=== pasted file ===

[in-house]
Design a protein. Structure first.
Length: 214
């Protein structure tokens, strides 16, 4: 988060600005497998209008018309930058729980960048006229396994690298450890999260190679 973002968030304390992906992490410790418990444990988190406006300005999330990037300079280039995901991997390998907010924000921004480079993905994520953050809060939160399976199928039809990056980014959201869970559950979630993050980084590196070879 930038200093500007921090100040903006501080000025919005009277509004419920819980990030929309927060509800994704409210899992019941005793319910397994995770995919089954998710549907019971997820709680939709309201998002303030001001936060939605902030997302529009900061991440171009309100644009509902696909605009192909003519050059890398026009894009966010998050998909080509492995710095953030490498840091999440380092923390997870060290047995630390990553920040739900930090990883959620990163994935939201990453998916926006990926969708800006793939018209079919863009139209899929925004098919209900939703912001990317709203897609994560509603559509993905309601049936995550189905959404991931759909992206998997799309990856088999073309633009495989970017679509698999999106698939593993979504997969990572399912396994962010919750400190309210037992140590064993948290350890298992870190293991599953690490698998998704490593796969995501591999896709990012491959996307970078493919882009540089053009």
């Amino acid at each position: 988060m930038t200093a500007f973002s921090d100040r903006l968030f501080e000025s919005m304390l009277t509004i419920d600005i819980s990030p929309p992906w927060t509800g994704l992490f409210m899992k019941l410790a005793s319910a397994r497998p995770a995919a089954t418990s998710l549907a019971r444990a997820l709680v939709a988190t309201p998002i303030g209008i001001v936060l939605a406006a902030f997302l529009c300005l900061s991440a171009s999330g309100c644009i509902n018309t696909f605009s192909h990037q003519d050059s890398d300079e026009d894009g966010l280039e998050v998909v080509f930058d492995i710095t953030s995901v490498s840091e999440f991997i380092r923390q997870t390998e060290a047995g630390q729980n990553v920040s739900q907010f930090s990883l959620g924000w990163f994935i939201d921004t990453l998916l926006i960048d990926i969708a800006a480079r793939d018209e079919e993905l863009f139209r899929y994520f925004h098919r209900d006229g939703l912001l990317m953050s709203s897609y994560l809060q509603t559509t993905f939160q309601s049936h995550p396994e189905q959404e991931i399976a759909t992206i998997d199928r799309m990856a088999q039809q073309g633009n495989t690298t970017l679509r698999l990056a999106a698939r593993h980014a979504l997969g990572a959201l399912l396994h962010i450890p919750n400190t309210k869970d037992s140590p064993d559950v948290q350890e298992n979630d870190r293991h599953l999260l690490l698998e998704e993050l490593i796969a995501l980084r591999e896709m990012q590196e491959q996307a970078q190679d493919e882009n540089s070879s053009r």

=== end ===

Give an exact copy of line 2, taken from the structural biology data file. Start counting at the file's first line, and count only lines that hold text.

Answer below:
Design a protein. Structure first.